Thursday, 18 February 2010


[caption id="" align="alignnone" width="500" caption="Stornoway Town Hall before the changes"]Stornoway Town Hall before the changes[/caption]

[caption id="" align="alignnone" width="500" caption="Stornoway Town Hall after the changes"]Stornoway Town Hall after the changes[/caption]

It was announced last night that the proposed changes to the Town Hall interior, with certain modifications, were recommended for approval by Comhairle nan Eilean Siar. This ratification is likely to happen tonight, Thursday 18th February. A campaign has been active on Facebook and on the island against these changes, with protesters vowing to take the fight all the way to the Scottish Government (who have the final say on alterations to a listed building) if not the European Courts.

I have previously stated that I am not opposed to the plans for changing the interior of the Town Hall, which are in fact unavoidable due to legislation pertaining to disabled access. However, everybody is entitled to their opinion.

What has stuck in my craw is the lack of opposition to two far more visible changes to the Stornoway townscape in recent years. The Maritime Building on Pier no 1 was pulled down in 2007, without anybody uttering a squeak. The old Shoeshop on Cromwell Street, the oldest house in Stornoway, was demolished in 2009. Again, without so much as a beep from anyone.

Comhairle nan Eilean Siar stands accused of mismanaging the consultation process regarding the Town Hall plans, and I am just wondering why nobody was voicing any opposition to the demolition of the two aforementioned buildings. No, they were not the bonniest in town, and the Maritime Building had been empty for a while. However, since the 1930s, people have left the island, many never to return, through the Maritime Building. Where were all the expat Lewismen and -women who are now writing whining letters to Hebrides News, from afar as northern England, imploring the Council not to vandalise the Town Hall? Why were they not sharpening their quills to oppose these very visible changes to the townscape of Stornoway?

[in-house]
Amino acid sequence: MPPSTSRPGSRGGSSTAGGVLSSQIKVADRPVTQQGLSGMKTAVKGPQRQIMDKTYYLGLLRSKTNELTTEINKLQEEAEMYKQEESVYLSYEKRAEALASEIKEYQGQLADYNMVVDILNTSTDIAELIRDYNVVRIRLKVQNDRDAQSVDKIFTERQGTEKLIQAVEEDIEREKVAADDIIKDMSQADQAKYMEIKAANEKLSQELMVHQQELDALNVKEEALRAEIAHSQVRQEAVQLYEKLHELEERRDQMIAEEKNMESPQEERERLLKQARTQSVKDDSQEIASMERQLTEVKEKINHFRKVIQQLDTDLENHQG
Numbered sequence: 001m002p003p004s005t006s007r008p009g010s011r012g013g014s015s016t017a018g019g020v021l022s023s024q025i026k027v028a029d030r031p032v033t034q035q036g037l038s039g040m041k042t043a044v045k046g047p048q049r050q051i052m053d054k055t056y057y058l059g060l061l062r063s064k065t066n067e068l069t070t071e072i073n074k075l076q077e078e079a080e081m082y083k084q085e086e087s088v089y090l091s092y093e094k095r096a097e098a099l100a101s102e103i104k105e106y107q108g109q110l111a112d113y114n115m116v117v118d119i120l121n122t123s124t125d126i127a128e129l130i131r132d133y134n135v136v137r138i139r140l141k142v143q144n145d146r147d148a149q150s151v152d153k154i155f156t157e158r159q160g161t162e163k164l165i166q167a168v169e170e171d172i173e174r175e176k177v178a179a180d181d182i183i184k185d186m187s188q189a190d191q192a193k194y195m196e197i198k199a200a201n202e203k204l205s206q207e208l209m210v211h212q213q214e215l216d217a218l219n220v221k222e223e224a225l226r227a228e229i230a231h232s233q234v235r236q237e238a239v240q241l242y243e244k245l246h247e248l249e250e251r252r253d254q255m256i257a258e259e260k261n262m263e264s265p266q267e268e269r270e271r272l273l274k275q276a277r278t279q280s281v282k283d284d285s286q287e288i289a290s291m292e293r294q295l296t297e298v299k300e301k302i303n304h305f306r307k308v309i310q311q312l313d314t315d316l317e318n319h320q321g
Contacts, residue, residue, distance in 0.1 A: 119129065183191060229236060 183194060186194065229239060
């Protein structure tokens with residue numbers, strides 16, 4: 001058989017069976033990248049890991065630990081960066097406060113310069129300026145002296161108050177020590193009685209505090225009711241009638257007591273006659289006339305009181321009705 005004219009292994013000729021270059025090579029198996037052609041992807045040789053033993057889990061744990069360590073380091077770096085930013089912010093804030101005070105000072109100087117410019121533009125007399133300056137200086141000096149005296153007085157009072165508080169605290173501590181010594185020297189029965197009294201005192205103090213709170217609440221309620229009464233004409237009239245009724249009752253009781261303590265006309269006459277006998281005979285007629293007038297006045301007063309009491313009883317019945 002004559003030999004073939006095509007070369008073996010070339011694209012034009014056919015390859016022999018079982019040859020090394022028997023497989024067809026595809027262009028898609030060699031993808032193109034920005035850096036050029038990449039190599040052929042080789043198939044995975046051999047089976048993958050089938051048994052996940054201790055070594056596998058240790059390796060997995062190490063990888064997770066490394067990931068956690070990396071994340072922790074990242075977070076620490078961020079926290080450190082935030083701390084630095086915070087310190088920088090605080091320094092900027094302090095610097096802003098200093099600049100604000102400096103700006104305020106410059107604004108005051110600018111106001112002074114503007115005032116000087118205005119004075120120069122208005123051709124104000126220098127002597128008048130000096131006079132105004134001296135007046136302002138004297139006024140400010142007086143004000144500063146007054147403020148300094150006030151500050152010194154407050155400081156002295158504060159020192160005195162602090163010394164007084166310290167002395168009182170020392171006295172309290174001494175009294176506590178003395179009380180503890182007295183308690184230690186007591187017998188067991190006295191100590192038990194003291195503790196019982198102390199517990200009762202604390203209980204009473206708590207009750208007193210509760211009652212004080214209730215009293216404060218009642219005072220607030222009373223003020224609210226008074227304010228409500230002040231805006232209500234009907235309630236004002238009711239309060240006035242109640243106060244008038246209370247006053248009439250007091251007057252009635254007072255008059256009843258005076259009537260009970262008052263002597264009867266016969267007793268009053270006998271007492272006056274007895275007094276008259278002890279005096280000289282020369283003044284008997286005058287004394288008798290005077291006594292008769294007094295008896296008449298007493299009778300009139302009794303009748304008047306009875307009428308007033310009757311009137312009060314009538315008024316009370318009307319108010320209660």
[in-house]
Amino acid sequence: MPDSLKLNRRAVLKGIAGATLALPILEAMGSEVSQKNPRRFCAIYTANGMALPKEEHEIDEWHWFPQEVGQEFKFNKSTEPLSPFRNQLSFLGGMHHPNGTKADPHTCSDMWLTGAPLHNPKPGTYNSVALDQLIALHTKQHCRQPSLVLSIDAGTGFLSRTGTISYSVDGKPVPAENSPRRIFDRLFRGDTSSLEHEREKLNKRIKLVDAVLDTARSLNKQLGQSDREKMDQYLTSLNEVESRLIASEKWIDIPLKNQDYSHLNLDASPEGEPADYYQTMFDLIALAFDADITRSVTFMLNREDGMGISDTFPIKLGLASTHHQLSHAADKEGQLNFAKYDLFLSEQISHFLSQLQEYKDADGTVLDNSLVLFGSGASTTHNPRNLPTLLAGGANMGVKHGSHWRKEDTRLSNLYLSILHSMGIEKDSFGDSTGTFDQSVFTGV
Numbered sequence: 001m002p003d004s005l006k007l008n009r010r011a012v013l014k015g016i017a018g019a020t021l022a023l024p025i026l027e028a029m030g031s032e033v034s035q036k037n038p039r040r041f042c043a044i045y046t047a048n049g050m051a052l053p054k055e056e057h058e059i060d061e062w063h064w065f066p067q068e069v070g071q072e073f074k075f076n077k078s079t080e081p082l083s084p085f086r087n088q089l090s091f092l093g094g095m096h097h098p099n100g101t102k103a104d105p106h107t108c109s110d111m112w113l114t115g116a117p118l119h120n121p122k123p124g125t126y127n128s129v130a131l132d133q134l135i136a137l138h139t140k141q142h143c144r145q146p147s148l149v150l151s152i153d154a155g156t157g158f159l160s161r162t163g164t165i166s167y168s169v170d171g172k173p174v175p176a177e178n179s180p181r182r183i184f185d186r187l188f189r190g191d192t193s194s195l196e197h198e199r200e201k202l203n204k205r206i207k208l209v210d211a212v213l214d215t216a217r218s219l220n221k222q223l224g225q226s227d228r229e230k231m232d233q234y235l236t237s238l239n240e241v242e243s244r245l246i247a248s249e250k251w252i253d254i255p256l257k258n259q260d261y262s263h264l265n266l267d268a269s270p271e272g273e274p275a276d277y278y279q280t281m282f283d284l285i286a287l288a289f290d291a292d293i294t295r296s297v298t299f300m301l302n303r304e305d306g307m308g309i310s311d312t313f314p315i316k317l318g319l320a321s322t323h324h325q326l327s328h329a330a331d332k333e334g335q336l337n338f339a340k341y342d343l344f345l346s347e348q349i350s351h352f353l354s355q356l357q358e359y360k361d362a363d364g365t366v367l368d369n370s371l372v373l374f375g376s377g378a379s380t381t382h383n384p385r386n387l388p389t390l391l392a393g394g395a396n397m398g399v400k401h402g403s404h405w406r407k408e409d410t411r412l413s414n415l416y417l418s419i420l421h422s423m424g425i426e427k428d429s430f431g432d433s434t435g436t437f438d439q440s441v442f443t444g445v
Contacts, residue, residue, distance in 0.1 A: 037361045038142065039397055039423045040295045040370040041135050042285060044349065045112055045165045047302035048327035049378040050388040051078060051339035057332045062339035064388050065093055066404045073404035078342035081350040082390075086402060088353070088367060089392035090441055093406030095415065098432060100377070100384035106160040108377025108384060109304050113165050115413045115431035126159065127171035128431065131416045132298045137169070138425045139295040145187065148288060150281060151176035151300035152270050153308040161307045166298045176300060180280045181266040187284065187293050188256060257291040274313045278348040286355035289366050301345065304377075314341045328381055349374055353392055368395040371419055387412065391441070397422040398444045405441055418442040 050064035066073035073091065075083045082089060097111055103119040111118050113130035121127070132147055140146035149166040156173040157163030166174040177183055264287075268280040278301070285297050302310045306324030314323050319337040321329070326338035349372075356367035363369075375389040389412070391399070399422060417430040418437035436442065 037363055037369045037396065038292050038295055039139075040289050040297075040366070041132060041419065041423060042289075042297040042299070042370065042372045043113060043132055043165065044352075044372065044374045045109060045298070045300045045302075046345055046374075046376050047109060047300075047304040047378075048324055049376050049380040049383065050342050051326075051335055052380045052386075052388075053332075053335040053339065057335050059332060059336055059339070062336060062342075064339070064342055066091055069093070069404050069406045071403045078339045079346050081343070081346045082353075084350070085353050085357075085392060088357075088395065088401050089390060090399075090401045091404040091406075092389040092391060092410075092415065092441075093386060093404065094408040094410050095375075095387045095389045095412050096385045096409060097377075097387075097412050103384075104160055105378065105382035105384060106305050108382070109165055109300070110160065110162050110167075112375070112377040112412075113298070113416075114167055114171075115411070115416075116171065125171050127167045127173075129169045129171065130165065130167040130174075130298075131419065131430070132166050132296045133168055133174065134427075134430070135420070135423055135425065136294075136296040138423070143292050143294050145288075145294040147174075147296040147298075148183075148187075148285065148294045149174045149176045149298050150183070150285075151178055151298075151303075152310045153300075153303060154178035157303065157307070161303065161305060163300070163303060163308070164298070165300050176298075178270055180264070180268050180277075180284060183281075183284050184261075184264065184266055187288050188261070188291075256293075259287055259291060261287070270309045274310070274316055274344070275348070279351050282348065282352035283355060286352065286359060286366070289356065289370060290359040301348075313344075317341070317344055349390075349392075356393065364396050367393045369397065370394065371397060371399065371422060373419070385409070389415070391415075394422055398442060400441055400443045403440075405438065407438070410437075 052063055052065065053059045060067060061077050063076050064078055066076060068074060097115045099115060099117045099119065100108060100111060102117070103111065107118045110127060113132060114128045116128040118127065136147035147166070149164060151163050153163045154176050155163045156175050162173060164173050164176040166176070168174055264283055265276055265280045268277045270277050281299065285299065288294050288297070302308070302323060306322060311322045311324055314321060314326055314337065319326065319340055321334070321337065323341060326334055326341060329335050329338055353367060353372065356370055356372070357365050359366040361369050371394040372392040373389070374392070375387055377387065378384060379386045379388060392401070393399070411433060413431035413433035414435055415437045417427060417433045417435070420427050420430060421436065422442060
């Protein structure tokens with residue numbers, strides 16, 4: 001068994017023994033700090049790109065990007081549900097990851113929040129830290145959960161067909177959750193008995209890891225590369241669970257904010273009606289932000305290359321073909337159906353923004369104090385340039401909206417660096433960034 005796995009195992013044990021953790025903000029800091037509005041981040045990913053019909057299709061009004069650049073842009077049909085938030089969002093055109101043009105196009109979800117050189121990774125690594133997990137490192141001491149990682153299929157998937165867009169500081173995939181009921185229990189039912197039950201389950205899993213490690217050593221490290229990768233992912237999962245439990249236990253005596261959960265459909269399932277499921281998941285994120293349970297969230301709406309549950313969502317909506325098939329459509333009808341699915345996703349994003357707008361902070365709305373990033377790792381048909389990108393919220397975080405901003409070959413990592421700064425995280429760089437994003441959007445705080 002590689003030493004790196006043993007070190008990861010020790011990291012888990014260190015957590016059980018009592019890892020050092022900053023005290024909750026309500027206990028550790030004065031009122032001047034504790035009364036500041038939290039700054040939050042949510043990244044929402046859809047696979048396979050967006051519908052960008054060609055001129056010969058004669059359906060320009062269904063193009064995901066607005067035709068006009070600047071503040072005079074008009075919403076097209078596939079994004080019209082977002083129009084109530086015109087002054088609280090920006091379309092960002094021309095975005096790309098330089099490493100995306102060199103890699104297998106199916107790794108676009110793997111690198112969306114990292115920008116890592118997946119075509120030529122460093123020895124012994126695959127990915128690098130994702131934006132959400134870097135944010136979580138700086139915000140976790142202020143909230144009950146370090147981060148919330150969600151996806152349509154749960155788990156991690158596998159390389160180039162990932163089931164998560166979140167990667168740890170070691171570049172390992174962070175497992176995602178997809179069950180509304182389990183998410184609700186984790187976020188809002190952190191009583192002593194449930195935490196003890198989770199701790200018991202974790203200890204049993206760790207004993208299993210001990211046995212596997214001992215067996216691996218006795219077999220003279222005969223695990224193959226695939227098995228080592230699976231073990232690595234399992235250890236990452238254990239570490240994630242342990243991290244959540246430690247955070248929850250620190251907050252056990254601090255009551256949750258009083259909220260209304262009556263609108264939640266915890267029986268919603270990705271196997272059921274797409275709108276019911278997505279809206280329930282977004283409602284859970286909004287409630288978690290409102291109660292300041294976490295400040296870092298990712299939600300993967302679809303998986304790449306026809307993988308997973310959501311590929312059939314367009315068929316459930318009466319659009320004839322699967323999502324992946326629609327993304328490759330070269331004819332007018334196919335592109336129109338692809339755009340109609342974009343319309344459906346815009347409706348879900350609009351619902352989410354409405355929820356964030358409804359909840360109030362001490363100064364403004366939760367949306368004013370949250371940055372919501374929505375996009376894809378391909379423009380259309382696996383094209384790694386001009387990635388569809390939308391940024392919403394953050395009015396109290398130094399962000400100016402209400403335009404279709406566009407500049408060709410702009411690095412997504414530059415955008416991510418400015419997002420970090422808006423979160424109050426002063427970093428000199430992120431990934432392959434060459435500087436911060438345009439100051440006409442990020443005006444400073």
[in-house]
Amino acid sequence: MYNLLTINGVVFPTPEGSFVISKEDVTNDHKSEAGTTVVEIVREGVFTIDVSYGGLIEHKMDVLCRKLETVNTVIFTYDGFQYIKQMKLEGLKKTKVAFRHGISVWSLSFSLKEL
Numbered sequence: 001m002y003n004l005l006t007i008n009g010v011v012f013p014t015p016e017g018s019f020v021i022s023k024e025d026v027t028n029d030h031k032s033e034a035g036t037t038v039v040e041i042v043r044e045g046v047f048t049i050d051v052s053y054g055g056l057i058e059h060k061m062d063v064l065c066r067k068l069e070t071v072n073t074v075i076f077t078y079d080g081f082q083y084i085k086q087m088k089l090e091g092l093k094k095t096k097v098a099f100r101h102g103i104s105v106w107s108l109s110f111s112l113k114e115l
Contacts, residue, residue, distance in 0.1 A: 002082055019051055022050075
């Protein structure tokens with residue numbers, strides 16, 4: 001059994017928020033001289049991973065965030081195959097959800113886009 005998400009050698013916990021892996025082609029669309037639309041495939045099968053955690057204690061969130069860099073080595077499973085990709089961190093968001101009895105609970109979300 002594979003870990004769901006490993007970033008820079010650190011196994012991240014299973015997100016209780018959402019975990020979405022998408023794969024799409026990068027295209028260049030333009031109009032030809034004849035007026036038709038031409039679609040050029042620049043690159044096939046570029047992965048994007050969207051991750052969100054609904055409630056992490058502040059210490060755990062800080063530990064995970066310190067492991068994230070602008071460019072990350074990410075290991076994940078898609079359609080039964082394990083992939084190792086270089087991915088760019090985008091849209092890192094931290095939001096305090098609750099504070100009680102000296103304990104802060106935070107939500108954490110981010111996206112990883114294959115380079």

Because, let's face it, the interior changes to the Town Hall are INVISIBLE from the outside. And there are far more people seeing the exterior of the Town Hall, pier number 1 and Cromwell Street, than there will be people seeing the inside of the Town Hall.

A pointless rant? No. I hope the Council take this opportunity to review their consultation procedures, to make planning applications like this more visible to the general public.


  1. As is the case with the Town Hall use for ALL public buildings change and come and go and in that context I too accept that the Comhairle must fins a sustainable use for the Town Hall- and one Panto a year is not that use.
    Maritime Buildings was Grade B Listed and its demolition approved by Historic Scotland. No one ever left Lewis from the Maritime Buildings- passengers coming and going in "the old days" had the sky as a canopy when arriving at or leaving Lewis. I am old enough to remember the Maritime Buildings as a hub of activities with the Glasgow Boat Store and Mailboat store.
    With the decline in coastal shipping the Maritime Buildings fell into decline and although Macbraynes had a ticket office in it latterly the "waiting room" could not hold a dozen people. When Cal Mac moved to the new ferry terminal Maritime Buildings became redundant. There are far better examples of "Art Deco" 1930s buildings survive- British Legion and Newhall's Mill (Euroclean) for example.
    The Old Shoeshop on Cromwell St was not the oldest house in Stornoway - but the Smith Boys' mothers house 'Ardanmhor' adjacent to the shoeshop was- Its day too was gone. If you carry your thesis to the ultimate we should all still be in the Tigh Dubh.

  2. "Gad a Ha", I take note of your observations regarding the Maritime Building and Ardanmhor. I would point out that my post is heavily laced with sarcasm over the fuss made over the refurbishment of the Town Hall when none was made over other buildings that had outlived their useful incarnation and which were pulled down. The Town Hall in its present form has also outlived its useful life - I do NOT advocate the removal of the Town Hall, on the contrary. I applaud the efforts made to pull this building back into public use. However, if I may, I will extrapolate your final remarks to the point that the opponents of Town Hall refurbishment could be argued to be hankering back to the good ole days in the Tigh Dubh.

  3. It strikes me that some of the Town Hall protesters must have got the wrong end of the stick and think it is to be demolished completely, which would be a shame as it's a good-looking building. Why otherwise should they protest about changes to the interior? It is highly unlikely that any of these people will ever darken its doors again.
    A local school here was demolished a couple of years ago, to a howl of protest. The building was of no merit whatsoever, but people seemed to think it should be preserved simply because "they used to go there" and had "happy memories". Sigh.